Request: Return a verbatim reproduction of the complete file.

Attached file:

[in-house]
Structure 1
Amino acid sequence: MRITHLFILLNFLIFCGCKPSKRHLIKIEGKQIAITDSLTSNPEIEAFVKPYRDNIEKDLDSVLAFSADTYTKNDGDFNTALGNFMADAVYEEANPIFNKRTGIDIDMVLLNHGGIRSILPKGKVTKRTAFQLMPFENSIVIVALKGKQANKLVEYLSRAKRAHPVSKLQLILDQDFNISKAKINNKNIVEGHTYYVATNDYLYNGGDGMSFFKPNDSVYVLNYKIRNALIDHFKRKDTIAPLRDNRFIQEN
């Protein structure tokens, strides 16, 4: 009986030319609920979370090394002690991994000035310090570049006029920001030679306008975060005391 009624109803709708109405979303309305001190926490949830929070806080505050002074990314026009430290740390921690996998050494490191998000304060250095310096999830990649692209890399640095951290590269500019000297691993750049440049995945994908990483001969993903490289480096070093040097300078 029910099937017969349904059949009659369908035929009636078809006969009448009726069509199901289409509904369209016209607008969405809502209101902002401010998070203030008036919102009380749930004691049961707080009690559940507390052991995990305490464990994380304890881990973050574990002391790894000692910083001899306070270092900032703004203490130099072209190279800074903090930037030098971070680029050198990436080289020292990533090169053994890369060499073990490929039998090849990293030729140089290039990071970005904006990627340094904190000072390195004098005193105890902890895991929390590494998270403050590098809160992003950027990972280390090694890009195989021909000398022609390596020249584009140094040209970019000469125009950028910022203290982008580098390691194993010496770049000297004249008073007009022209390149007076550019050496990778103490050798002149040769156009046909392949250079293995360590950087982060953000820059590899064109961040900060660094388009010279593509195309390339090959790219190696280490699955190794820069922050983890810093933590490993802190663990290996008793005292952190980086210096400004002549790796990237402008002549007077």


[in-house]
Structure 1
Amino acid sequence: MRITHLFILLNFLIFCGCKPSKRHLIKIEGKQIAITDSLTSNPEIEAFVKPYRDNIEKDLDSVLAFSADTYTKNDGDFNTALGNFMADAVYEEANPIFNKRTGIDIDMVLLNHGGIRSILPKGKVTKRTAFQLMPFENSIVIVALKGKQANKLVEYLSRAKRAHPVSKLQLILDQDFNISKAKINNKNIVEGHTYYVATNDYLYNGGDGMSFFKPNDSVYVLNYKIRNALIDHFKRKDTIAPLRDNRFIQEN
């Protein structure tokens, strides 16, 4: 009986030319609920979370090394002690991994000035310090570049006029920001030679306008975060005391 009624109803709708109405979303309305001190926490949830929070806080505050002074990314026009430290740390921690996998050494490191998000304060250095310096999830990649692209890399640095951290590269500019000297691993750049440049995945994908990483001969993903490289480096070093040097300078 029910099937017969349904059949009659369908035929009636078809006969009448009726069509199901289409509904369209016209607008969405809502209101902002401010998070203030008036919102009380749930004691049961707080009690559940507390052991995990305490464990994380304890881990973050574990002391790894000692910083001899306070270092900032703004203490130099072209190279800074903090930037030098971070680029050198990436080289020292990533090169053994890369060499073990490929039998090849990293030729140089290039990071970005904006990627340094904190000072390195004098005193105890902890895991929390590494998270403050590098809160992003950027990972280390090694890009195989021909000398022609390596020249584009140094040209970019000469125009950028910022203290982008580098390691194993010496770049000297004249008073007009022209390149007076550019050496990778103490050798002149040769156009046909392949250079293995360590950087982060953000820059590899064109961040900060660094388009010279593509195309390339090959790219190696280490699955190794820069922050983890810093933590490993802190663990290996008793005292952190980086210096400004002549790796990237402008002549007077």